Last week a group of high school students sent handwritten letters to secondary students at School of Hope in Zambia. The students are members of the International Girls Club at Cary Grove High School in Cary, Illinois. In years past, our team has hand-delivered short notes and homemade cards to kids when we have traveled to Zambia to work with our partner schools, but we’ve never attempted a pen pal project due to the turn around time and cost of shipping. However, when club sponsor Sonya Wadlington and I met to discuss the project, we decided scanning the letters and sending them via email to School of Hope would be best. We also chatted about possible topics and culturally sensitive content to include in the letters. The thoughtful teens got to work and hand wrote letters; many included little drawings in the margins to extend the information shared.
Here are a few favorite lines from the pen pal letters explaining high school life at Cary Grove:
- I take 5 classes/subjects and go to them every day.
- My favorite subject this year is either English or physics!
- Art lets me express my creativity.
- I really like science and I hope to become a doctor when I’m older.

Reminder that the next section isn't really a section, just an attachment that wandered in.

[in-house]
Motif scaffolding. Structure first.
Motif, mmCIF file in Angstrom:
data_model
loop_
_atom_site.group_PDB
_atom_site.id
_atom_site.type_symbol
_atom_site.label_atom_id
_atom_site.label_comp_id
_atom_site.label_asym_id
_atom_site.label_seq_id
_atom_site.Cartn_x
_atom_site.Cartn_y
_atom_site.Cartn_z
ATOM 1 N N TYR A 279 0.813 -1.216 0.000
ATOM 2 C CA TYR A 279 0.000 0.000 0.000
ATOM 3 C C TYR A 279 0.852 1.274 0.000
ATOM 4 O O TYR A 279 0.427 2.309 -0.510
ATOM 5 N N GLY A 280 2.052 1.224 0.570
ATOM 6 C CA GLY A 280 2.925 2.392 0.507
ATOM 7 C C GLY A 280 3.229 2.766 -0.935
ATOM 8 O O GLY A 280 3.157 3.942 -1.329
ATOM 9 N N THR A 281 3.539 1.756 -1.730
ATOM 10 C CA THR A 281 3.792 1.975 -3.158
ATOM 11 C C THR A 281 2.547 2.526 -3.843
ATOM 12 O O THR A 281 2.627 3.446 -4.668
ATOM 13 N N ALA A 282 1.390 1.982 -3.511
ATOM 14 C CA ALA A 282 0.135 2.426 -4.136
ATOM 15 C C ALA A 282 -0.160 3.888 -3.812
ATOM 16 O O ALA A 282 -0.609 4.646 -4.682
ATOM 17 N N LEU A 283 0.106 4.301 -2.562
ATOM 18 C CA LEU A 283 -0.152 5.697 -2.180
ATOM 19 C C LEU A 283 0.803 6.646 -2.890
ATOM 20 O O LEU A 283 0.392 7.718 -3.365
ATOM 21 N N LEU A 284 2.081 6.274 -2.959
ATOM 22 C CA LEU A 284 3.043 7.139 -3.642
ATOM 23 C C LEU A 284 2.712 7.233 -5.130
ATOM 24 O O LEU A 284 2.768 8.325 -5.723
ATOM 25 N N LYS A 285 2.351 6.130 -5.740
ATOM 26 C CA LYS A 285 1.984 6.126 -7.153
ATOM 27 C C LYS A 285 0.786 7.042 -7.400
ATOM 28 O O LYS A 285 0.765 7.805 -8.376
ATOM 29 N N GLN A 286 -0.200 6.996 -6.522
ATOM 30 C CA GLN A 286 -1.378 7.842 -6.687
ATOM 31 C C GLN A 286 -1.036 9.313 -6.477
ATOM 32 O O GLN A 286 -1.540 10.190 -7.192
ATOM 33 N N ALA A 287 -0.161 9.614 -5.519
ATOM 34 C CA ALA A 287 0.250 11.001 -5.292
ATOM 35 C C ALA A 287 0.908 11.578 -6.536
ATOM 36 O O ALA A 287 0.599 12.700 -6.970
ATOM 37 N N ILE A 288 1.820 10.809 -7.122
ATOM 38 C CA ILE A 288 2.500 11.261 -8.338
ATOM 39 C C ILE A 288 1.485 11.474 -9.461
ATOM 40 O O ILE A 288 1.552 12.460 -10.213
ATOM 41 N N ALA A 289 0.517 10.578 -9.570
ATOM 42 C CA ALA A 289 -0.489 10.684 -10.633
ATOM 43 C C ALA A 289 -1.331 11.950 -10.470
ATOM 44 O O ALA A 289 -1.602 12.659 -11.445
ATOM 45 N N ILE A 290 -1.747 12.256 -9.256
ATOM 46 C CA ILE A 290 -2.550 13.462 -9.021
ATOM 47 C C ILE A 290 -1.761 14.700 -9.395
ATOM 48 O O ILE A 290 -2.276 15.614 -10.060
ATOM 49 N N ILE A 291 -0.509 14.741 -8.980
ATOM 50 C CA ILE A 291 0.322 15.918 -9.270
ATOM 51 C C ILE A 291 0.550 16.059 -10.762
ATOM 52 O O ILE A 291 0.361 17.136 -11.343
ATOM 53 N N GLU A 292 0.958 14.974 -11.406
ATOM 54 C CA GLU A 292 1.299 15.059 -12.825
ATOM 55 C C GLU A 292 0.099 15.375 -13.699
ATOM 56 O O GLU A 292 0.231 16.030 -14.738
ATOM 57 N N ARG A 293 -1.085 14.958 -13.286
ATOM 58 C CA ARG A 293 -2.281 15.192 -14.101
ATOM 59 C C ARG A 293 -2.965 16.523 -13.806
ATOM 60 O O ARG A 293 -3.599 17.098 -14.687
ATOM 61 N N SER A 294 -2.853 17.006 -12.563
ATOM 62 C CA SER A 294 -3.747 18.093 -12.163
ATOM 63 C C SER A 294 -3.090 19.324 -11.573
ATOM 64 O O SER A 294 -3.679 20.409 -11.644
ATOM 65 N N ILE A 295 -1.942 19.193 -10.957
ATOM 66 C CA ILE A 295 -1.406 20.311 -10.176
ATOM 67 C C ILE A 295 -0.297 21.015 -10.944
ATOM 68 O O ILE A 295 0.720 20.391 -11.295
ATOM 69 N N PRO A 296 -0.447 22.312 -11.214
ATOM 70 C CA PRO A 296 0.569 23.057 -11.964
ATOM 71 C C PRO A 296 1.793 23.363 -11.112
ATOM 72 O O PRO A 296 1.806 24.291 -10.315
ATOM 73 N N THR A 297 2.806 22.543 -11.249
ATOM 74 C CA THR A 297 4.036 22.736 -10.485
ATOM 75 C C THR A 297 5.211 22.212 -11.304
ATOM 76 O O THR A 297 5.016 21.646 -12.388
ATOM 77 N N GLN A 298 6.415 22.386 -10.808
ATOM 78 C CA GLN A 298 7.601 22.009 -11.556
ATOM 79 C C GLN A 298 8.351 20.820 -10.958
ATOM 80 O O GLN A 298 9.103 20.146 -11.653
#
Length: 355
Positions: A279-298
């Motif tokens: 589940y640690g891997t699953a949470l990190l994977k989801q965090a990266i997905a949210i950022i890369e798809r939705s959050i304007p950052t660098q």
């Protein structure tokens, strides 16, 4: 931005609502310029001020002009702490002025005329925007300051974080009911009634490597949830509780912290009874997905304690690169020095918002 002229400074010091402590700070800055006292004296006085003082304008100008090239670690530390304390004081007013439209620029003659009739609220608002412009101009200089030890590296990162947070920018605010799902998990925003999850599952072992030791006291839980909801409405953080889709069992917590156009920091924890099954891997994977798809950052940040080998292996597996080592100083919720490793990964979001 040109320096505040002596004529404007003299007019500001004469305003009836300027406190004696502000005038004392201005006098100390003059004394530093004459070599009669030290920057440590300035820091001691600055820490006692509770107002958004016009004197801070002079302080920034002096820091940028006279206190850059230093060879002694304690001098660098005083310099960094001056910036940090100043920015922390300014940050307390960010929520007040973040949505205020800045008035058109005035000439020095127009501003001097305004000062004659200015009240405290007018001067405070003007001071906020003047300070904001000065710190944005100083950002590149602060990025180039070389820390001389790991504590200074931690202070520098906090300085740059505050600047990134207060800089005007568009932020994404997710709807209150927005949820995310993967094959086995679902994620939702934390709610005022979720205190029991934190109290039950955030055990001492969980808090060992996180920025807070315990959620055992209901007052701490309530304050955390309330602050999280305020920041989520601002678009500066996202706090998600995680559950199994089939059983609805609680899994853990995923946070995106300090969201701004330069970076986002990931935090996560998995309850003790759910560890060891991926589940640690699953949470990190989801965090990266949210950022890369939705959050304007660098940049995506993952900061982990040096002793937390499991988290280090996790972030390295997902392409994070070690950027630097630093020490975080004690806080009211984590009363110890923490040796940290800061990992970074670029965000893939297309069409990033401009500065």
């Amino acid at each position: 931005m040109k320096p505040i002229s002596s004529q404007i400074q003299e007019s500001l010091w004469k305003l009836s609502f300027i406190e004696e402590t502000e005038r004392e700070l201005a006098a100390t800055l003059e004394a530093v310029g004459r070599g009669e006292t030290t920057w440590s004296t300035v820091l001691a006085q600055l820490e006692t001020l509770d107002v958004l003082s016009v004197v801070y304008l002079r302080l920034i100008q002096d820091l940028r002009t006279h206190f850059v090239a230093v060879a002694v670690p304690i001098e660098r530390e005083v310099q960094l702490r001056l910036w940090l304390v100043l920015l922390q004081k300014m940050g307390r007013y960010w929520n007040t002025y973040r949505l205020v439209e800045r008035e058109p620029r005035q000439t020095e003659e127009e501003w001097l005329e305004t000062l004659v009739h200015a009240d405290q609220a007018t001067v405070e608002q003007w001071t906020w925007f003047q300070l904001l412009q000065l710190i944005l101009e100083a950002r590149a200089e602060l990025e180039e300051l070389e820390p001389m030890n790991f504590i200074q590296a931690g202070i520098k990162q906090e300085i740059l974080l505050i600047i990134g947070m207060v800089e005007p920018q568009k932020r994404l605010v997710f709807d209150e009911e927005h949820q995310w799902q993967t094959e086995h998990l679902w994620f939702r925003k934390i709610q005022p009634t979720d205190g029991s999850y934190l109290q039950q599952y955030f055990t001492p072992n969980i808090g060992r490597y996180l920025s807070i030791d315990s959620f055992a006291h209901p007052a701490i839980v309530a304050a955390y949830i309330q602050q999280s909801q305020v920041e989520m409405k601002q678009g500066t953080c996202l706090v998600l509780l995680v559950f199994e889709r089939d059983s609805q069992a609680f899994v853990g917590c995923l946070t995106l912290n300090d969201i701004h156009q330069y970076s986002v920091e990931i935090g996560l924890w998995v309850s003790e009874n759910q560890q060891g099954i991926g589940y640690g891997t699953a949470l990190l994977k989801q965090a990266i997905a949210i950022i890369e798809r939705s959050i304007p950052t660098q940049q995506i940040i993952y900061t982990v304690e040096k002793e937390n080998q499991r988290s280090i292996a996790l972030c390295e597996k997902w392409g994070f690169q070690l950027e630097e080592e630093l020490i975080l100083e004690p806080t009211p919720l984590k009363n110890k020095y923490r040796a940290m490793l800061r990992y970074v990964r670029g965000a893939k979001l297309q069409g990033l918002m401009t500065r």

- I would like to tell you about my family because family means a lot to me.
- That is my true goal for my time at school. To become a better thinker in order to eventually pursue my true passion.
- I’m also planning on going to a university after high school.
- In my eyes, to achieve happiness, you must do what you love, and that’s exactly what I’m going to do.
- One of my favorite foods to eat is ice cream.
- I’m really looking forward to exchanging letters because learning about other cultures has always been an interest of mine.
- I’m so glad we get to write to each other from halfway across the world.
- What does your schedule look like each day?
- Do you know multiple languages?
- What types of food do you like to eat?
- Does your school have uniforms?
School of Hope director Kathleen Schwartz will share the letters this week, and hopefully, the International Girls Club will receive letters back from their Zambian pen pals in December.
As the 2016-17 school year began last week, I spent some time reflecting on the summer months along with A to Z’s work in Zambia this past June. A wonderful memory that continues to linger in my mind is our day of professional development with 150 Zambian teachers at School of Hope.